The first block of the Brand Safety training shows how culture and communication work together and uses examples to explain where they can pose a threat to the core message of brands when implemented. An important example of this is the degree to which brand positioning is adapted to local conditions – from global to hybrid to local. Among others the local perception of the country of origin of the brand plays a decisive role.
After the general introduction to the topic, the second step addresses the special features of the respective markets. This is based on six central value dimensions: 1) values, faith & behavior, 2) language, 3) symbols, 4) roles, 5) people, 6) politics & institutions. Using examples, we show how international brands have already successfully integrated these values into their advertising, but also which contents are absolute no-go’s.
The “Cultural Ignorance” Pitfall
The third part goes into the actual practice of these teachings. Here discussion will take place on how the six value dimensions are reflected in the thinking, feeling and acting of the target groups, and how other companies have implemented this – both with more, and less success. In addition, there are various concrete case studies which are analyzed step by step to determine exactly what the goal of the communication measure was, how it was implemented and which problems arose at which points.
One of the negative examples for the value dimension “values, faith & behavior” comes from Cadillac. In a commercial for one of his high-priced vehicles an obviously wealthy man praises the Americans’ ability to work hard for their dreams. Instead of leaving it at the celebration of one’s own national pride, however, they are heavily handed out against other nations who instead prefer to sit in the café and take the entire month of August as a summer break.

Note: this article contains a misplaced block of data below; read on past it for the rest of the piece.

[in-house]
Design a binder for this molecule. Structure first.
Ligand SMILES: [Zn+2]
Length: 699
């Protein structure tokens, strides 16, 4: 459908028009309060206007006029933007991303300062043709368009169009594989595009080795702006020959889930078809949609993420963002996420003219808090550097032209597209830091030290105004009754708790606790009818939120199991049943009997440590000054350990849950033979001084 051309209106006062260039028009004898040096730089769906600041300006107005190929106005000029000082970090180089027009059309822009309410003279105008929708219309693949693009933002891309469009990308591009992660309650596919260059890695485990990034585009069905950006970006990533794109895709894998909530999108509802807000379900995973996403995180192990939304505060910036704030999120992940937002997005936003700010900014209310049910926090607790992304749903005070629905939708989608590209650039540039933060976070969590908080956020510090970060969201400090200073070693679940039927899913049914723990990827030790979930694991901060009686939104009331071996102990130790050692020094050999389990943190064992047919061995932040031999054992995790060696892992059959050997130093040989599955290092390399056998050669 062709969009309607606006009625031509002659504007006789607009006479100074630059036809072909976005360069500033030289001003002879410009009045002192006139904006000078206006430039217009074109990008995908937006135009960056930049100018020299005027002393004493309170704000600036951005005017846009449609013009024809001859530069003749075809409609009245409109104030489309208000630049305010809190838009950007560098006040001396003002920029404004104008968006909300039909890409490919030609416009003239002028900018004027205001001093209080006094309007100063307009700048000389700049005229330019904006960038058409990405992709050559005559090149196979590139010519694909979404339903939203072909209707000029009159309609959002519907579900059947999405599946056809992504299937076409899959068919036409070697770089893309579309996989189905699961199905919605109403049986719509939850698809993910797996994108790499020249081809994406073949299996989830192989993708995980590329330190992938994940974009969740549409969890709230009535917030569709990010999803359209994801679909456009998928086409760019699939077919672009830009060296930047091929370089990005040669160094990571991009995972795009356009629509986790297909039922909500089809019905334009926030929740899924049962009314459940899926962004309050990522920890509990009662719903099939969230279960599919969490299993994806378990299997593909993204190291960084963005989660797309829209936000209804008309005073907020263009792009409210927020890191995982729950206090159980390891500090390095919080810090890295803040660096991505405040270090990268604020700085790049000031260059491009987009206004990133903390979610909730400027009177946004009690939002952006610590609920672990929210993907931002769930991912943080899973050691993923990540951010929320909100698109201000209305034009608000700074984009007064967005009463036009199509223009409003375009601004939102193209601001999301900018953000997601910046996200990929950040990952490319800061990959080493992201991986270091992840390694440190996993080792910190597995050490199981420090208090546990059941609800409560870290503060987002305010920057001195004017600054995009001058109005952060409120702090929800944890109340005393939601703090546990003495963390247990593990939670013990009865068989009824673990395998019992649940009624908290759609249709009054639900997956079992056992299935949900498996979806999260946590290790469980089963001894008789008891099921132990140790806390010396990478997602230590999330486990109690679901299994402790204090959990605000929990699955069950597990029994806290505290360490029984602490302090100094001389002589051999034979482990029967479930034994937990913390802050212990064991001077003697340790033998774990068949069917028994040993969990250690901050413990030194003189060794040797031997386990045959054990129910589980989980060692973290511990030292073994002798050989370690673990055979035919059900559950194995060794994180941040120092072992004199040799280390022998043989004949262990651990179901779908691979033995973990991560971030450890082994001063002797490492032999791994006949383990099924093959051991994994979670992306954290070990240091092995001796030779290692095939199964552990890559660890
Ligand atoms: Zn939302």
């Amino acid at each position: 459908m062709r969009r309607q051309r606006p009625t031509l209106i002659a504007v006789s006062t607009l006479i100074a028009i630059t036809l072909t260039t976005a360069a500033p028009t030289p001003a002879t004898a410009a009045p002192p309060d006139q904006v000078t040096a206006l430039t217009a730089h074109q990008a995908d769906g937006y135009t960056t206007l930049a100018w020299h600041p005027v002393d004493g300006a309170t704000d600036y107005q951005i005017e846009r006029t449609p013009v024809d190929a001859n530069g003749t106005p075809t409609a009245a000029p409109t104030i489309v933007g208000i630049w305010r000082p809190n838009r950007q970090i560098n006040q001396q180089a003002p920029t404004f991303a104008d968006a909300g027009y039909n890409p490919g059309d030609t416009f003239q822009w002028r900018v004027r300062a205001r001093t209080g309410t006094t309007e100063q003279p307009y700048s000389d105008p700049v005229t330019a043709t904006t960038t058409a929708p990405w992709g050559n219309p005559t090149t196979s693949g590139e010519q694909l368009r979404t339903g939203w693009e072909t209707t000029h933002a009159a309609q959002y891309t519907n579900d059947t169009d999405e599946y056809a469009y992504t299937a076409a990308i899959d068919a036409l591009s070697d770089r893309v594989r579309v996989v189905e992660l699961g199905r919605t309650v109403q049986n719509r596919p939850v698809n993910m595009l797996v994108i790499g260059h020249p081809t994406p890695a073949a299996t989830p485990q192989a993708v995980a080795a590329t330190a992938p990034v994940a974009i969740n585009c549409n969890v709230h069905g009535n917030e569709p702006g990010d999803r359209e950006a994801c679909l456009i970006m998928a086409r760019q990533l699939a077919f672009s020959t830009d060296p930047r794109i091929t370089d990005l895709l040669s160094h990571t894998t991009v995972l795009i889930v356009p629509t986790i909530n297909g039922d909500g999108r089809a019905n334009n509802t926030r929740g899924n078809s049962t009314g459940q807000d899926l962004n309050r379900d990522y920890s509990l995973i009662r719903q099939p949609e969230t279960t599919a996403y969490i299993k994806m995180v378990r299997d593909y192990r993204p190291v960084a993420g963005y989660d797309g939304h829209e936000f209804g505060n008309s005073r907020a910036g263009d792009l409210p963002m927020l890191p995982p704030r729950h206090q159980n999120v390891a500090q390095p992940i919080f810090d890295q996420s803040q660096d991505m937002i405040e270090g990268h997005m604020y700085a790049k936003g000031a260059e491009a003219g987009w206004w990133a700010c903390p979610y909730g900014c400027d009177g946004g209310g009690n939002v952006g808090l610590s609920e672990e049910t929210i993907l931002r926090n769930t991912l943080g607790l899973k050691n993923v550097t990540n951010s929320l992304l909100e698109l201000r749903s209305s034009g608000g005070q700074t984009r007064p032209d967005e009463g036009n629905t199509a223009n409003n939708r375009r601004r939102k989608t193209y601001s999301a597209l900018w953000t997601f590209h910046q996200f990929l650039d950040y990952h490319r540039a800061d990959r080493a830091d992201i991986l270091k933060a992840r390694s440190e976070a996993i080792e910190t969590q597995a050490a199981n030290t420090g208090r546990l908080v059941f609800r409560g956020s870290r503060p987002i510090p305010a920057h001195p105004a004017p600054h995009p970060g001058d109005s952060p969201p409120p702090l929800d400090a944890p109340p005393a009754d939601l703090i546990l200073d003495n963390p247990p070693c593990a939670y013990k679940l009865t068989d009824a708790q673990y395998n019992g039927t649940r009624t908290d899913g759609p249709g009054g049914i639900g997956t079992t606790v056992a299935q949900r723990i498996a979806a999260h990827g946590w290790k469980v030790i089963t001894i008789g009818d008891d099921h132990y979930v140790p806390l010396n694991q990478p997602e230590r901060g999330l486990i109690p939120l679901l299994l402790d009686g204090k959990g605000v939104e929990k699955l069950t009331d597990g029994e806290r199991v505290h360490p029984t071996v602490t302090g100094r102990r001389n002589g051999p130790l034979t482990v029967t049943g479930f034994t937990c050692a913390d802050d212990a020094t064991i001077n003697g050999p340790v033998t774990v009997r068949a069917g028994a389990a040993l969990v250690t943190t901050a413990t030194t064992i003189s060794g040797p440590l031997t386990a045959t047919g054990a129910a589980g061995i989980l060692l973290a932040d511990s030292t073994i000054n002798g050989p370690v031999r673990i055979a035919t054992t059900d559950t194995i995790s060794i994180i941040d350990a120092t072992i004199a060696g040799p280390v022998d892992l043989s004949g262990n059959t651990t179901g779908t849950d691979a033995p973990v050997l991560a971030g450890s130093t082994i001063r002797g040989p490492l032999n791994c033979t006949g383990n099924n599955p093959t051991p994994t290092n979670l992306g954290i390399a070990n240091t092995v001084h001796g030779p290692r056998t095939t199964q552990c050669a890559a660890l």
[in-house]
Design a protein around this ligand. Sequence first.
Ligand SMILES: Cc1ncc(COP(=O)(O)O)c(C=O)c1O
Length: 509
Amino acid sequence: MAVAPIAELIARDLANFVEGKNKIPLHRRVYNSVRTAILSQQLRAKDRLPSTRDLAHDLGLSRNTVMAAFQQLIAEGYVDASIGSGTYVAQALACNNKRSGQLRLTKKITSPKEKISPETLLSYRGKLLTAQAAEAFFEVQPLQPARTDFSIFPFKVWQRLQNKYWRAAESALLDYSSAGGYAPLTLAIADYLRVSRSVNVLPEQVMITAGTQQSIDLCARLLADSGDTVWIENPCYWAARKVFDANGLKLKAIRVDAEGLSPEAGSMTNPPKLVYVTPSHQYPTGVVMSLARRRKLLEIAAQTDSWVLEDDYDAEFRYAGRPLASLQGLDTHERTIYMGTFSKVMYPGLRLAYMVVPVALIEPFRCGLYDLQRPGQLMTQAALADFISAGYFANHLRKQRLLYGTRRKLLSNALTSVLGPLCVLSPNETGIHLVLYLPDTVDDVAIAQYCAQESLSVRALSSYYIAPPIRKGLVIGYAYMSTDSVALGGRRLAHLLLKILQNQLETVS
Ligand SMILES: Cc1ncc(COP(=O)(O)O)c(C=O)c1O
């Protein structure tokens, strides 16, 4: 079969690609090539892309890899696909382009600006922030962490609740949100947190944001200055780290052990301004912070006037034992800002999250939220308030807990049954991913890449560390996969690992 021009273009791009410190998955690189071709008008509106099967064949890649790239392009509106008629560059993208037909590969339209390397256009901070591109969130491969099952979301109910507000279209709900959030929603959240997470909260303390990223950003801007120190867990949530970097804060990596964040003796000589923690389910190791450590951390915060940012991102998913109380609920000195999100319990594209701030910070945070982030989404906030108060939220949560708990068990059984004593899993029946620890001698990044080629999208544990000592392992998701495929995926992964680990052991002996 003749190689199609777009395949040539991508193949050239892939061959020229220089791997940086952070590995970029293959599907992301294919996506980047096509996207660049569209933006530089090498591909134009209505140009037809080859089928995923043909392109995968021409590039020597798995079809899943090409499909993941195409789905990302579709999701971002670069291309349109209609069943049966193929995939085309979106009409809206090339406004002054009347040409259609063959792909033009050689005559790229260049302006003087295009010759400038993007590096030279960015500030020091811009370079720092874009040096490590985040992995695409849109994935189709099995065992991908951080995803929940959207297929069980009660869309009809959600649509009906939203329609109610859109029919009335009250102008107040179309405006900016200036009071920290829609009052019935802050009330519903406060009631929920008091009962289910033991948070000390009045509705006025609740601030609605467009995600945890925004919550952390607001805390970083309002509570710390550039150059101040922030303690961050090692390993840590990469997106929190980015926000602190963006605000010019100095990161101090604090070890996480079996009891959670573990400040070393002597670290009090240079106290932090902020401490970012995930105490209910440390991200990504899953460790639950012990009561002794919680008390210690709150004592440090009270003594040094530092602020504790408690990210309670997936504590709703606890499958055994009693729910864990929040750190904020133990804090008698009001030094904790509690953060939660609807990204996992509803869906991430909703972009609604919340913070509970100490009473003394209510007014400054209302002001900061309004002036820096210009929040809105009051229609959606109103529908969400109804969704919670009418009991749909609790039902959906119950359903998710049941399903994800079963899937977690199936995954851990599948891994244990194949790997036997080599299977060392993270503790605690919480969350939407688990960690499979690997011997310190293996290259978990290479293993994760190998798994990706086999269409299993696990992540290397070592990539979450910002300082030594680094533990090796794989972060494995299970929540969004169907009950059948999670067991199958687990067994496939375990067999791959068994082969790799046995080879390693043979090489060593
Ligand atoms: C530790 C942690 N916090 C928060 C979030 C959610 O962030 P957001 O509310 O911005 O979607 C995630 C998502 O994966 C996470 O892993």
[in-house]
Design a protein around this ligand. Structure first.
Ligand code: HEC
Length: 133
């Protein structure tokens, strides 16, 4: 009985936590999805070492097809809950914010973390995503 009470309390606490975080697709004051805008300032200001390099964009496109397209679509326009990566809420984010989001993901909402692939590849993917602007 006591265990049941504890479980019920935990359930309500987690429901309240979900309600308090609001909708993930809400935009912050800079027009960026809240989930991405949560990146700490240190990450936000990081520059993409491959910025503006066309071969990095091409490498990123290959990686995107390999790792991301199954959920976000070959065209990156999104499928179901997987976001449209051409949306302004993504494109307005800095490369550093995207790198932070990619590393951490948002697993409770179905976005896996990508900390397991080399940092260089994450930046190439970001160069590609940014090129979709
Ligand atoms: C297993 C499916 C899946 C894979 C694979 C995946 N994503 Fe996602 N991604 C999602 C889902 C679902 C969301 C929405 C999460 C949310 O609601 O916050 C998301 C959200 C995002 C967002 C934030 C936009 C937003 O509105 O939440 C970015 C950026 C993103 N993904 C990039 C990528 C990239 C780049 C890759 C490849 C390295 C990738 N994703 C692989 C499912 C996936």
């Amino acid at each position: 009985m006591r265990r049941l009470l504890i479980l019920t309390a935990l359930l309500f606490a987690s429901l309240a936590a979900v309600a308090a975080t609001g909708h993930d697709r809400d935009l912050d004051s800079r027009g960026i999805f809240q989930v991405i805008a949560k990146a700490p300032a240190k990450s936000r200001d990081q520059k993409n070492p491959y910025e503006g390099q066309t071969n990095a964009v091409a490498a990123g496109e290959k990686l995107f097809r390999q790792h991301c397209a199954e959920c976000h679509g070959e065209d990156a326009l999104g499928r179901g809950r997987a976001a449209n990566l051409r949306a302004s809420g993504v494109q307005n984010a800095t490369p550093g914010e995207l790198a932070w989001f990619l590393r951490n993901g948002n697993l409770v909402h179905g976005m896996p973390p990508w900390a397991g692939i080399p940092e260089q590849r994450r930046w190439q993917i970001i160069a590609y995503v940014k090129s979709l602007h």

OVERLY COMPLACENT, CADILLANC TURNS THE “AMERICAN DREAM” INTO AN “AMERICAN NIGHTMARE”.
With this commercial Cadillac has not only managed to downgrade other cultures with the greatest possible arrogance, but also to sell the value of the “American Dream” so badly in one breath that it met heavy criticism in its own country. The pitfall in this case was not so much the disregard for local cultural conditions, but rather the incredibly exaggerated and smug portrayal.
The Devil of ten Lies in The Detail
But there can also be an enormous discrepancy between intention and result with much less effort. To celebrate that women in Saudi Arabia are now officially allowed to drive a car, Burger King launched the “WhoppHER” campaign. Every driver who drove through the Drive Thru received a Whopper for free. What was unfortunately overlooked: “to whop her” translated means “hit her”, which is extremely reprehensible in view of the role of women in Saudi Arabia.
BURGER KING’S “WHOPPHER” CAMPAIGN TURNED OUT TO BE MASSIVE FLOP.
In its fourth and final part, the Brand Safety Training will ultimately lead to an individually prepared checklist. In this checklist it is precisely defined which measures the participants can use to take into account the individual values of their brand in all communication and marketing activities and in which areas particular caution is required. This ensures that the brand benefits optimally from the knowledge of cultural peculiarities and that the brand core is protected at the same time.
The Brand Safety Training takes one to two days – depending on the requirements – and can be tailored to any desired market: be it emerging markets such as the BRIC countries or leading economic nations such as the USA and China. By the way: You are mistaken when you think that this topic is only relevant for external channels. Even within globally positioned companies, it is important to communicate in a culturally secure way in order to prevent misunderstandings on a large scale.